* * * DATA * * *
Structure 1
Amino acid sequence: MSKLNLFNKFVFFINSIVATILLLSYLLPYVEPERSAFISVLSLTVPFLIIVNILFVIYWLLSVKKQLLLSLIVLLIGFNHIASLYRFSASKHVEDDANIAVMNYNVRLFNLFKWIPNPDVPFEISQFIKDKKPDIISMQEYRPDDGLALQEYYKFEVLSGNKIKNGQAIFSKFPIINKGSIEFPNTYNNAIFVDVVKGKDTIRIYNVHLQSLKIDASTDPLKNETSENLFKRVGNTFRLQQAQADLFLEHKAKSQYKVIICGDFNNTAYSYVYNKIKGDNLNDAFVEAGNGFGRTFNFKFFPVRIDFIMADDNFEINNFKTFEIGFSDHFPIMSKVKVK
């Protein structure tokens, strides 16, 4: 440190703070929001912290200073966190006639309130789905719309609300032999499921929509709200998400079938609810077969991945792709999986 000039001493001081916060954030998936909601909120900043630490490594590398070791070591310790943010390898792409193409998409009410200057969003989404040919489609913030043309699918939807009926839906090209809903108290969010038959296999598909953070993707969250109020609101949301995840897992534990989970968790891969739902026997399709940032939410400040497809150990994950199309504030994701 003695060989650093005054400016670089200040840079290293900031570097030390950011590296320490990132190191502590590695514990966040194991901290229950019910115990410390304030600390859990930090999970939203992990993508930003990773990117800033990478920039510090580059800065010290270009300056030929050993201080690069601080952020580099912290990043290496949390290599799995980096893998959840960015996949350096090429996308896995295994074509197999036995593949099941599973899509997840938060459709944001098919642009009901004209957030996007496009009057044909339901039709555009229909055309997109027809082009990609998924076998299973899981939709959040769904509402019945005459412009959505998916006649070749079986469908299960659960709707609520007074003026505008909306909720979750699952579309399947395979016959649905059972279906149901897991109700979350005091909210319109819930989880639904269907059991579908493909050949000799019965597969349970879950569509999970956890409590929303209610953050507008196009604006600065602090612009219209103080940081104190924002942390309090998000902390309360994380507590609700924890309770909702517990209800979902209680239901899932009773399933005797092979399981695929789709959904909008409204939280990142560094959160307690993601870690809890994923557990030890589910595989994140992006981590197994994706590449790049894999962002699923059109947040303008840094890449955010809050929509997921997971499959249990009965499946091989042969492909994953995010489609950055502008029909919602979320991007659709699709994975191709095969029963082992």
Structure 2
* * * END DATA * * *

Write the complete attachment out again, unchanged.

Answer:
Structure 1
Amino acid sequence: MSKLNLFNKFVFFINSIVATILLLSYLLPYVEPERSAFISVLSLTVPFLIIVNILFVIYWLLSVKKQLLLSLIVLLIGFNHIASLYRFSASKHVEDDANIAVMNYNVRLFNLFKWIPNPDVPFEISQFIKDKKPDIISMQEYRPDDGLALQEYYKFEVLSGNKIKNGQAIFSKFPIINKGSIEFPNTYNNAIFVDVVKGKDTIRIYNVHLQSLKIDASTDPLKNETSENLFKRVGNTFRLQQAQADLFLEHKAKSQYKVIICGDFNNTAYSYVYNKIKGDNLNDAFVEAGNGFGRTFNFKFFPVRIDFIMADDNFEINNFKTFEIGFSDHFPIMSKVKVK
């Protein structure tokens, strides 16, 4: 440190703070929001912290200073966190006639309130789905719309609300032999499921929509709200998400079938609810077969991945792709999986 000039001493001081916060954030998936909601909120900043630490490594590398070791070591310790943010390898792409193409998409009410200057969003989404040919489609913030043309699918939807009926839906090209809903108290969010038959296999598909953070993707969250109020609101949301995840897992534990989970968790891969739902026997399709940032939410400040497809150990994950199309504030994701 003695060989650093005054400016670089200040840079290293900031570097030390950011590296320490990132190191502590590695514990966040194991901290229950019910115990410390304030600390859990930090999970939203992990993508930003990773990117800033990478920039510090580059800065010290270009300056030929050993201080690069601080952020580099912290990043290496949390290599799995980096893998959840960015996949350096090429996308896995295994074509197999036995593949099941599973899509997840938060459709944001098919642009009901004209957030996007496009009057044909339901039709555009229909055309997109027809082009990609998924076998299973899981939709959040769904509402019945005459412009959505998916006649070749079986469908299960659960709707609520007074003026505008909306909720979750699952579309399947395979016959649905059972279906149901897991109700979350005091909210319109819930989880639904269907059991579908493909050949000799019965597969349970879950569509999970956890409590929303209610953050507008196009604006600065602090612009219209103080940081104190924002942390309090998000902390309360994380507590609700924890309770909702517990209800979902209680239901899932009773399933005797092979399981695929789709959904909008409204939280990142560094959160307690993601870690809890994923557990030890589910595989994140992006981590197994994706590449790049894999962002699923059109947040303008840094890449955010809050929509997921997971499959249990009965499946091989042969492909994953995010489609950055502008029909919602979320991007659709699709994975191709095969029963082992």
Structure 2